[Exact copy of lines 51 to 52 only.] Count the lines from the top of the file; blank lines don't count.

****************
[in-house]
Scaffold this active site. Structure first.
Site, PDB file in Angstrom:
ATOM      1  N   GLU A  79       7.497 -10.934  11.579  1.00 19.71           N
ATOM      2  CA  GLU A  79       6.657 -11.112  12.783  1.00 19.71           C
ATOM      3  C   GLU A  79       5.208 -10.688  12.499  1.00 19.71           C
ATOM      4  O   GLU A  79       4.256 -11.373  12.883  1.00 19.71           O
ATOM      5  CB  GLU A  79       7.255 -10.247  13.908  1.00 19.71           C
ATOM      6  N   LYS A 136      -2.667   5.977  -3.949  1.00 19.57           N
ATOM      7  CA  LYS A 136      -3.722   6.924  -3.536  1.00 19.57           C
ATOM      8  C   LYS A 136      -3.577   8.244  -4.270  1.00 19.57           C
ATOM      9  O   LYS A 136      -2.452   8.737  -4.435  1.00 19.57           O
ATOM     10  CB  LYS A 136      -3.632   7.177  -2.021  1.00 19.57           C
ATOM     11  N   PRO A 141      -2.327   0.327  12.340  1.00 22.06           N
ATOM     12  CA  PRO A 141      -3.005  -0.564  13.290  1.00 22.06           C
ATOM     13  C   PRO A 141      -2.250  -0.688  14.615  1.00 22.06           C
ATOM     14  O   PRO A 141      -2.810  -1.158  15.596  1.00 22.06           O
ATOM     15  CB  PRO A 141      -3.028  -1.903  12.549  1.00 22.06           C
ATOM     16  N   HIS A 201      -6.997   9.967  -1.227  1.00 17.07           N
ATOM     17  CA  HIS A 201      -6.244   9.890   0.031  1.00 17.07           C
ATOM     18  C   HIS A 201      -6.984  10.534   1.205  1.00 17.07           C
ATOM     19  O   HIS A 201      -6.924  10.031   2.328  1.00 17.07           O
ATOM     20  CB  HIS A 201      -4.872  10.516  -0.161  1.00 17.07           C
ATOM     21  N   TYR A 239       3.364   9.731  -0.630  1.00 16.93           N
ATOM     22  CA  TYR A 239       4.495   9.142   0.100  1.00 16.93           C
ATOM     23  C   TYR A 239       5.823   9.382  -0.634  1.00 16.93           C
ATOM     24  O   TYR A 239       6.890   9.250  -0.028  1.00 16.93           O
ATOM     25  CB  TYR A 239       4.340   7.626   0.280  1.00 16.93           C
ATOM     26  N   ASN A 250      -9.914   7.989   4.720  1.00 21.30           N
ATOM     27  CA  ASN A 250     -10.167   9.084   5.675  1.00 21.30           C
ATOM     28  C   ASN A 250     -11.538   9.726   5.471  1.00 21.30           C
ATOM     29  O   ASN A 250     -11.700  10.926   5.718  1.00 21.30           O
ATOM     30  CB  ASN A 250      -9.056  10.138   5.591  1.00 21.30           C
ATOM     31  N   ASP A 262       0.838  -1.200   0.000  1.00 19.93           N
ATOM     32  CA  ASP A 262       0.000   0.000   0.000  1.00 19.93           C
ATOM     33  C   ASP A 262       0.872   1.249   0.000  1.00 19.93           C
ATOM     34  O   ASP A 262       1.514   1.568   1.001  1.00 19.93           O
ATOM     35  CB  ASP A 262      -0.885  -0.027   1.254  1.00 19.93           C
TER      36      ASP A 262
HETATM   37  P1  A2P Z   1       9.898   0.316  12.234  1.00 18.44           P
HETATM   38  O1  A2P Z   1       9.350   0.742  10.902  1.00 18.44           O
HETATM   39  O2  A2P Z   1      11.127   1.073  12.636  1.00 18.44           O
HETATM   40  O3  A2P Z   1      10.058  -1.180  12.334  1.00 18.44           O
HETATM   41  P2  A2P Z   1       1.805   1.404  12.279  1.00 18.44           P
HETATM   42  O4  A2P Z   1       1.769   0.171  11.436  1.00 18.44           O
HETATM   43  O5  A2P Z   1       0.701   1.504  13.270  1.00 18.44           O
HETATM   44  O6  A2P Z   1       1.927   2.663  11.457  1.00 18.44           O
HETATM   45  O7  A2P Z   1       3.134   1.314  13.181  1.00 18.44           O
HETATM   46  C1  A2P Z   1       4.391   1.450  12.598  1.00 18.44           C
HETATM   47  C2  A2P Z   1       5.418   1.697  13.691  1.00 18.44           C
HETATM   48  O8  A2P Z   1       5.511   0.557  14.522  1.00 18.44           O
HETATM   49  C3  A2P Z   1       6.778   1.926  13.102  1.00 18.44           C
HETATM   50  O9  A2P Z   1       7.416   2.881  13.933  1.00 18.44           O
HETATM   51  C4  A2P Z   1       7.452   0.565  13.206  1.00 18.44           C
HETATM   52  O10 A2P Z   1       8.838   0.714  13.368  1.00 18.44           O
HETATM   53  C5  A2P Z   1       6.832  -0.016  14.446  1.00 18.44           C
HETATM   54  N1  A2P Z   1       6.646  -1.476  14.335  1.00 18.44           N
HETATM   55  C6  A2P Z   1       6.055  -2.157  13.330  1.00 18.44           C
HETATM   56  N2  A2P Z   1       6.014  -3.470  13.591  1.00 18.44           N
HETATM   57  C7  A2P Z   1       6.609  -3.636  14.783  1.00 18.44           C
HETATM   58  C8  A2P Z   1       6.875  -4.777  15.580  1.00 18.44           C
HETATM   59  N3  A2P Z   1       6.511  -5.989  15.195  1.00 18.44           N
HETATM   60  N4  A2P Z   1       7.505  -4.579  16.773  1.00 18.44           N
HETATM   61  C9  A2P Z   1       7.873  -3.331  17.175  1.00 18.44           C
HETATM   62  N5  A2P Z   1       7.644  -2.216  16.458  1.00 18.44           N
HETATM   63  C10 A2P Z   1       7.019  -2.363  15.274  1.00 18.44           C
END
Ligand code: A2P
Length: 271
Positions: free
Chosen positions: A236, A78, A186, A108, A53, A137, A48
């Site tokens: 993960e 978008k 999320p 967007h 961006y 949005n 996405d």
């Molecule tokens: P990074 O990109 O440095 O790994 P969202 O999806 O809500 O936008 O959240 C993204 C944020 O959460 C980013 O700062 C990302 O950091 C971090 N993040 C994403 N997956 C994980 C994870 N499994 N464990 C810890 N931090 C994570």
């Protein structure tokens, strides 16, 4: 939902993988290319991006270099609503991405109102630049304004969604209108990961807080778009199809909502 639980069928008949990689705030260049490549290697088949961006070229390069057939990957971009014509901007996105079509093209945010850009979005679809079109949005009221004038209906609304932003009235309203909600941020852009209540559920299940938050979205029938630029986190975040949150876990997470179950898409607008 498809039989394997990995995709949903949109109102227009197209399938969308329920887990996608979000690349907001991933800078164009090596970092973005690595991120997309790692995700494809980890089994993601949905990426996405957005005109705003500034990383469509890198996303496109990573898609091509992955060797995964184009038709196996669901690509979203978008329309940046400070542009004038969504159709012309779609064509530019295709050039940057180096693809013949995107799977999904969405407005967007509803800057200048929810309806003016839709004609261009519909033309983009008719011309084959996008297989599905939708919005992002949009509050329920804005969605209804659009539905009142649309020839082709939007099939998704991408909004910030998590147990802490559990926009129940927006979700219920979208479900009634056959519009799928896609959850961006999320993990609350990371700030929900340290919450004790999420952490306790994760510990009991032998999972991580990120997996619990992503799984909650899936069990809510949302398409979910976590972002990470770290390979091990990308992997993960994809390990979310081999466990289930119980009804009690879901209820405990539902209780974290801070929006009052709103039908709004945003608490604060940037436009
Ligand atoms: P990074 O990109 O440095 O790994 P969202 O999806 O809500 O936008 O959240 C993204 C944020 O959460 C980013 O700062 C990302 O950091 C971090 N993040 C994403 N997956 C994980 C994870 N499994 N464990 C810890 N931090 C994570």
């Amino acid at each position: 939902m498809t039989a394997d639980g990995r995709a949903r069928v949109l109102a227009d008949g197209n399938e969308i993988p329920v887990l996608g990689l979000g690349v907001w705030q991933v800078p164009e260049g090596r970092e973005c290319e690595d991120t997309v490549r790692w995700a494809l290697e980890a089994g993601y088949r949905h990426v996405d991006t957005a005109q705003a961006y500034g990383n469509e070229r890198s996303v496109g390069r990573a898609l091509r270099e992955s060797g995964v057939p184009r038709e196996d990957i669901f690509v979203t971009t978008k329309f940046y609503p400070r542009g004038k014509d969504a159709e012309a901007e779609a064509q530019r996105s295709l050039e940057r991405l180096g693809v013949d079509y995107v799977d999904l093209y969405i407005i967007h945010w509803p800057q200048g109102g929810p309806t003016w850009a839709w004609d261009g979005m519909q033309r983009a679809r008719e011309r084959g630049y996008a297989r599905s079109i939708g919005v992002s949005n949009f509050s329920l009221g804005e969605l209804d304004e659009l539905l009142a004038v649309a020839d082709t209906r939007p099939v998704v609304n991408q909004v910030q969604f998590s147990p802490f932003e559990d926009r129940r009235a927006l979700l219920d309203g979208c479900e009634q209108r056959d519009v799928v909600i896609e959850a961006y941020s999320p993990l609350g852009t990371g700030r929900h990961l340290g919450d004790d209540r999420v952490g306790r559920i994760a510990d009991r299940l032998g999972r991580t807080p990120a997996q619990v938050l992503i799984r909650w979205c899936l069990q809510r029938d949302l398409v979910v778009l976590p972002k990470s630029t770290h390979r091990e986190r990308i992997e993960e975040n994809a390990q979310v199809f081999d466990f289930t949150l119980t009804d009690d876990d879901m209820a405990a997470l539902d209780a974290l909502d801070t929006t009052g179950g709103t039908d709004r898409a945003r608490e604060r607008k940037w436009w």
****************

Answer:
HETATM   48  O8  A2P Z   1       5.511   0.557  14.522  1.00 18.44           O
HETATM   49  C3  A2P Z   1       6.778   1.926  13.102  1.00 18.44           C